For the first time in my life, a 20-minute wait to be seated for dinner is entirely too short.
As the hostess calls my name, I sadly peel my face from the glass case holding Alpine Bakery’s mesmerizing selection of cakes, pies, and pastries and sulk to my table. I feel like a child being called in to supper from the playing in the yard. I’m hungry, I know that I need to eat, but I’m not done having fun yet.
Partners Bill Clementi and Steve Bishop started Alpine as a wholesale bakery over 15 years ago, eventually opening their first retail shop in 2004. With their recent move to a much larger location in Alpharetta, they have grown the once quaint bakery and take-out pizza joint into a full-service Italian restaurant.
Though most long-time fans of Alpine will hardly recognize the place, the pizza and stromboli have not changed a bit. The traditional stromboli ($10), a 2-pound torpedo of cheese, pepperoni and Italian sausage, served with house-made marinara sauce, remains one of the best in town. Clementi, a native of Long Island, bakes New York-style pizza in 14-inch or 18-inch ($11/$14) pies in large, foldable slices on a usually crispy crust. But the high quality toppings ($1.50 each) are the real star of the pies, particularly the thinly sliced Italian sausage.
The take-out pizzeria side of the business built a fiercely loyal following, whose demands for proper seating ultimately lead to Clementi and Bishop’s decision to expand. However, the Italian menu cooked up by new executive chef Jerry Fulwider gives their popular pizza a run for its money.
The crab carbonara ($19) — spaghetti with jumbo lump crab, Parmesan, pancetta, and cream sauce — arrives cooked to a perfect al dente. Bites of crispy prosciutto add a satisfying layer of savory flavor to the penne, shrimp, chicken, and gratinata sauce of the Alpine rustica ($13).
Don’t let a night at Alpine Bakery pass you by without trying the daily selection of hand-rolled gnocchi (at market price). My dish, a rosemary gnocchi with a roasted garlic cream sauce, could square off against any that I’ve tasted. Though I can’t speak to what flavors you may find on your visit, Fulwider’s flawless technique yields gnocchi as it is meant to be: light, pillowy dumplings that dissolve against the roof of your mouth.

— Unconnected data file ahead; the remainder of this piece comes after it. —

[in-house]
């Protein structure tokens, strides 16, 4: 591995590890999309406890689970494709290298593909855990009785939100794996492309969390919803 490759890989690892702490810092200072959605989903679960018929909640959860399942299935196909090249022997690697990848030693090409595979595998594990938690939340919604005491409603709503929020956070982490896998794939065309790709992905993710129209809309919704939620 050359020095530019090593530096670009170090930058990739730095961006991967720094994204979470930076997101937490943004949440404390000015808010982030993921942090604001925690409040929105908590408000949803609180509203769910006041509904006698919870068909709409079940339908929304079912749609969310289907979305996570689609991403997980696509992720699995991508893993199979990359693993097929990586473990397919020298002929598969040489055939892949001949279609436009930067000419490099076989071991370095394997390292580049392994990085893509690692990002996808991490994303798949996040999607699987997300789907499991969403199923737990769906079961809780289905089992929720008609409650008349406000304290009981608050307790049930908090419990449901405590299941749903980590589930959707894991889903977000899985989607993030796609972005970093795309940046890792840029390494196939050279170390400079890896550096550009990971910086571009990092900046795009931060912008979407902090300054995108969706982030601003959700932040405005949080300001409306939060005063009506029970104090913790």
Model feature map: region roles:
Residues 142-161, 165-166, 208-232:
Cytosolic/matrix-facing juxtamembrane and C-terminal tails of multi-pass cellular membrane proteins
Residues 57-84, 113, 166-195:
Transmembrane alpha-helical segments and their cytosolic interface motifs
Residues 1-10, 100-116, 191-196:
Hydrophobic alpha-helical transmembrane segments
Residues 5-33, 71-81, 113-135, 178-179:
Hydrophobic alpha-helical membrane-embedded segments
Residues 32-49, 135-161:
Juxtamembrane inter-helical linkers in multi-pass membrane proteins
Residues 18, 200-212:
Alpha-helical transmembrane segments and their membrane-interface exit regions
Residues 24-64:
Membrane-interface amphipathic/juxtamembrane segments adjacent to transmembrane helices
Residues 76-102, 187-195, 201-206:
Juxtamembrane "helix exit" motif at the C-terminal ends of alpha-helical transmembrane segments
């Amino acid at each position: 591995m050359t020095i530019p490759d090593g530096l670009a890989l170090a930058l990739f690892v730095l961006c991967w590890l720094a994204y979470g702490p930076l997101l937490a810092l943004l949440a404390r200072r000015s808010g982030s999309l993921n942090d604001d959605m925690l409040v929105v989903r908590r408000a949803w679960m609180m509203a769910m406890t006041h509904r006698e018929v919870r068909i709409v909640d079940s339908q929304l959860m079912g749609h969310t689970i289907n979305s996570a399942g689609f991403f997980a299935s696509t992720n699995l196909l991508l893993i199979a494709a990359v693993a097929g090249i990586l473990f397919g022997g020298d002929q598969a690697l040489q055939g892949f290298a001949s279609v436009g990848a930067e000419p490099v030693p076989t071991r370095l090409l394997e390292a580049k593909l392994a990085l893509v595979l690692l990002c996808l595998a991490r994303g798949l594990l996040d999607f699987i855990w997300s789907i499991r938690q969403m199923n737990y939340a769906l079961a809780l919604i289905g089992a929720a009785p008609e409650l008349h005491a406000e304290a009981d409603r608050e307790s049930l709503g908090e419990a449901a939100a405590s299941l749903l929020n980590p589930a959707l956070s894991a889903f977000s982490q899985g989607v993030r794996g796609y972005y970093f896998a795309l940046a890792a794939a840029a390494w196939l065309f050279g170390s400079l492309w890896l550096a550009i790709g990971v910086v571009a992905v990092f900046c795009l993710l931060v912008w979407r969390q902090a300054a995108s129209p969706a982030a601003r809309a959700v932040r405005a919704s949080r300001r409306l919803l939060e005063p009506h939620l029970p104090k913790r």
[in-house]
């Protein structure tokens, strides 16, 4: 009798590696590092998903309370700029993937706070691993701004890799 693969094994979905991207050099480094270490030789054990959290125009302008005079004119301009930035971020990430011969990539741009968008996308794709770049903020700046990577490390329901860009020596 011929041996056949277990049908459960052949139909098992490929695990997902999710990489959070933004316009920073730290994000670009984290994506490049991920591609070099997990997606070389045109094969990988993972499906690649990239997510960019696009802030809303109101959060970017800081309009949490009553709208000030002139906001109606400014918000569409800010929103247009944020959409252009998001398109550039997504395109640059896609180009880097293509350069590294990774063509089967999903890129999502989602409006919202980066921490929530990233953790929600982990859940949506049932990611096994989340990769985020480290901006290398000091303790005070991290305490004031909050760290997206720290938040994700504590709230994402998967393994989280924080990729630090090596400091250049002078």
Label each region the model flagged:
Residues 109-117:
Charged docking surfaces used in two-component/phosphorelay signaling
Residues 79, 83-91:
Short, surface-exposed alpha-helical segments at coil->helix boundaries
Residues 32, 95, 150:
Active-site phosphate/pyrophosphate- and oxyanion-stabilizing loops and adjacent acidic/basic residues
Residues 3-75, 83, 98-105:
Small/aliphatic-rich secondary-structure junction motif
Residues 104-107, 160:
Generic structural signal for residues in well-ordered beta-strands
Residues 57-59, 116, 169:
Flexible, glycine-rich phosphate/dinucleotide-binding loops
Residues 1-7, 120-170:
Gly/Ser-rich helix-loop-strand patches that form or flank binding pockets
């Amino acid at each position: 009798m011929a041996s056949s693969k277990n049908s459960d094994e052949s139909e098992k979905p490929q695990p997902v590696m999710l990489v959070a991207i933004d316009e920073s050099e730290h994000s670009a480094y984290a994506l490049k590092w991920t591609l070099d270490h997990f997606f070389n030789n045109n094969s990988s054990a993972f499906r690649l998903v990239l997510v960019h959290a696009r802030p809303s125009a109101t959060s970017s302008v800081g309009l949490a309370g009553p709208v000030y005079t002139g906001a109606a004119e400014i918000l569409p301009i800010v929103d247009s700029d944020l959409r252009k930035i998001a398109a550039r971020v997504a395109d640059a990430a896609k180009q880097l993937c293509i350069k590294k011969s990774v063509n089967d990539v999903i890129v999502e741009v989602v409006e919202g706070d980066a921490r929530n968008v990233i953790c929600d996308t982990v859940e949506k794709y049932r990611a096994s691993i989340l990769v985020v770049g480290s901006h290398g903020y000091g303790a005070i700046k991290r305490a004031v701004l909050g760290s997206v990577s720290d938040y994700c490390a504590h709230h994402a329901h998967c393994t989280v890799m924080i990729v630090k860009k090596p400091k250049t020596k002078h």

Every trip to Alpine Bakery seems to end where it began — staring into that magnificent display of sweets. The options are too many to name, but my favorites include the red velvet cake ($34-$70 whole or $7 per slice), snickerdoodle cookie ($11 per pound) and the classically prepared cannolis ($2.95). Whatever your sweet tooth craves, they have you covered.
Though the drive may intimidate those living far away, Alpine Bakery has evolved into one of the better destinations for Italian fare, whether in or outside of the city. Bring your appetite or plan to haul home a doggie bag, because the portions are anything but skimpy.
But whatever you do, make sure that you save room for dessert.Alpine Bakery and Trattoria 12315 Crabapple Road, Alpharetta Food: Pizza, pasta, Italian entrees and a vast and varied full-service bakery Service: Friendly, but the majority of the staff is still relatively new and has a few kinks to work out Best dishes: The daily gnocchi, stromboli, N.Y.-style pizza and anything from the bakery Vegetarian selection: Though most entrees include some form of meat, there are over 14 vegetarian toppings for the pizzas or stromboli and a selection of salads Credit cards: Visa, MasterCard, American Express Hours: Lunch: 11 a.m.-2:30 p.m. Mondays-Saturdays. Dinner: 11 a.m.-9 p.m. Mondays-Thursdays, 11 a.m.-10 p.m. Fridays-Saturdays, 11 a.m.-8 p.m. Sundays. Bakery: 10 a.m.-9 p.m. Mondays- Thursdays, 10 a.m.-10 p.m. Fridays-Saturdays, 10 a.m.-8 p.m. Sundays. Children: Fine Parking: Ample Reservations: No Wheelchair access: Yes Smoking: No Noise level: Low to moderate Patio: No Takeout: Yes